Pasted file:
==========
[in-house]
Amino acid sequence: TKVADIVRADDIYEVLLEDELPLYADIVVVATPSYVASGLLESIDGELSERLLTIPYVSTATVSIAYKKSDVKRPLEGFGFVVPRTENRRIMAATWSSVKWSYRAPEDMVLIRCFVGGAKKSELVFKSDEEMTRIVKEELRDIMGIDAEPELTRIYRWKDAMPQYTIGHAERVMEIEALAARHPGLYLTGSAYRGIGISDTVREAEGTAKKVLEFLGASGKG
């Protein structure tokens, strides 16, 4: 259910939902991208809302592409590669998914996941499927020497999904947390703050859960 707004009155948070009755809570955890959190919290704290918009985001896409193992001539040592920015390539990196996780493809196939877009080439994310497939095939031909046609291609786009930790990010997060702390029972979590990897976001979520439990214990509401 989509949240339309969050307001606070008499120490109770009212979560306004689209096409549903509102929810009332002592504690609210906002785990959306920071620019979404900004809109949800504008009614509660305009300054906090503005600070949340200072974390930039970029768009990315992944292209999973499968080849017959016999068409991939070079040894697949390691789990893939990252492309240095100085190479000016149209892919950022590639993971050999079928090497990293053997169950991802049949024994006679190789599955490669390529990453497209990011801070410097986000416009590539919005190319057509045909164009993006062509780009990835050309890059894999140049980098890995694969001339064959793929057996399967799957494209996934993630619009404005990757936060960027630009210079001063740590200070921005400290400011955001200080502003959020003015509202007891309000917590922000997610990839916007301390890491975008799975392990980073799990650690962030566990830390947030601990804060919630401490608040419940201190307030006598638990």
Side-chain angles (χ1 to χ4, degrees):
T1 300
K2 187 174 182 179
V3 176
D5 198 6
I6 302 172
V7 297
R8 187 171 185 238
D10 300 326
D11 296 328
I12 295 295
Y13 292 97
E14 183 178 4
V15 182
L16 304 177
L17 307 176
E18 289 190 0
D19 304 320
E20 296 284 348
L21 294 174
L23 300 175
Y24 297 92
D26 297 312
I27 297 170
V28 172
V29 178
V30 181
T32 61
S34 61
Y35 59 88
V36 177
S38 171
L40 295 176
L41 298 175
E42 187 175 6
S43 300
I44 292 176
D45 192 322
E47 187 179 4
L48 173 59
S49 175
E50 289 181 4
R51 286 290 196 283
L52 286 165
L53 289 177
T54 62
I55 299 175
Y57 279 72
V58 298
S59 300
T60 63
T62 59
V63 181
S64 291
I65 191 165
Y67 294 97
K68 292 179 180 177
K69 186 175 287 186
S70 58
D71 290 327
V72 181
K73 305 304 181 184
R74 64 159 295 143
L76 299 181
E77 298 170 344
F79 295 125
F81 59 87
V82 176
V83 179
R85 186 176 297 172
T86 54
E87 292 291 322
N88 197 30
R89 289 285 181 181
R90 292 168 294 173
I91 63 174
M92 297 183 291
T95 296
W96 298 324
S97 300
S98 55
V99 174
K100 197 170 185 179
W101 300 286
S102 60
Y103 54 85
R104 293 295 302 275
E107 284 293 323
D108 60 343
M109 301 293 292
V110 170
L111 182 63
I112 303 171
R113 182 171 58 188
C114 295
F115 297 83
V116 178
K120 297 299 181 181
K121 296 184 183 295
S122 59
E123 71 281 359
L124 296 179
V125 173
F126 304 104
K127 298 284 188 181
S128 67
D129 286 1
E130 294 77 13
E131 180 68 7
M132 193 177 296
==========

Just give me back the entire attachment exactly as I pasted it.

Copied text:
[in-house]
Amino acid sequence: TKVADIVRADDIYEVLLEDELPLYADIVVVATPSYVASGLLESIDGELSERLLTIPYVSTATVSIAYKKSDVKRPLEGFGFVVPRTENRRIMAATWSSVKWSYRAPEDMVLIRCFVGGAKKSELVFKSDEEMTRIVKEELRDIMGIDAEPELTRIYRWKDAMPQYTIGHAERVMEIEALAARHPGLYLTGSAYRGIGISDTVREAEGTAKKVLEFLGASGKG
């Protein structure tokens, strides 16, 4: 259910939902991208809302592409590669998914996941499927020497999904947390703050859960 707004009155948070009755809570955890959190919290704290918009985001896409193992001539040592920015390539990196996780493809196939877009080439994310497939095939031909046609291609786009930790990010997060702390029972979590990897976001979520439990214990509401 989509949240339309969050307001606070008499120490109770009212979560306004689209096409549903509102929810009332002592504690609210906002785990959306920071620019979404900004809109949800504008009614509660305009300054906090503005600070949340200072974390930039970029768009990315992944292209999973499968080849017959016999068409991939070079040894697949390691789990893939990252492309240095100085190479000016149209892919950022590639993971050999079928090497990293053997169950991802049949024994006679190789599955490669390529990453497209990011801070410097986000416009590539919005190319057509045909164009993006062509780009990835050309890059894999140049980098890995694969001339064959793929057996399967799957494209996934993630619009404005990757936060960027630009210079001063740590200070921005400290400011955001200080502003959020003015509202007891309000917590922000997610990839916007301390890491975008799975392990980073799990650690962030566990830390947030601990804060919630401490608040419940201190307030006598638990």
Side-chain angles (χ1 to χ4, degrees):
T1 300
K2 187 174 182 179
V3 176
D5 198 6
I6 302 172
V7 297
R8 187 171 185 238
D10 300 326
D11 296 328
I12 295 295
Y13 292 97
E14 183 178 4
V15 182
L16 304 177
L17 307 176
E18 289 190 0
D19 304 320
E20 296 284 348
L21 294 174
L23 300 175
Y24 297 92
D26 297 312
I27 297 170
V28 172
V29 178
V30 181
T32 61
S34 61
Y35 59 88
V36 177
S38 171
L40 295 176
L41 298 175
E42 187 175 6
S43 300
I44 292 176
D45 192 322
E47 187 179 4
L48 173 59
S49 175
E50 289 181 4
R51 286 290 196 283
L52 286 165
L53 289 177
T54 62
I55 299 175
Y57 279 72
V58 298
S59 300
T60 63
T62 59
V63 181
S64 291
I65 191 165
Y67 294 97
K68 292 179 180 177
K69 186 175 287 186
S70 58
D71 290 327
V72 181
K73 305 304 181 184
R74 64 159 295 143
L76 299 181
E77 298 170 344
F79 295 125
F81 59 87
V82 176
V83 179
R85 186 176 297 172
T86 54
E87 292 291 322
N88 197 30
R89 289 285 181 181
R90 292 168 294 173
I91 63 174
M92 297 183 291
T95 296
W96 298 324
S97 300
S98 55
V99 174
K100 197 170 185 179
W101 300 286
S102 60
Y103 54 85
R104 293 295 302 275
E107 284 293 323
D108 60 343
M109 301 293 292
V110 170
L111 182 63
I112 303 171
R113 182 171 58 188
C114 295
F115 297 83
V116 178
K120 297 299 181 181
K121 296 184 183 295
S122 59
E123 71 281 359
L124 296 179
V125 173
F126 304 104
K127 298 284 188 181
S128 67
D129 286 1
E130 294 77 13
E131 180 68 7
M132 193 177 296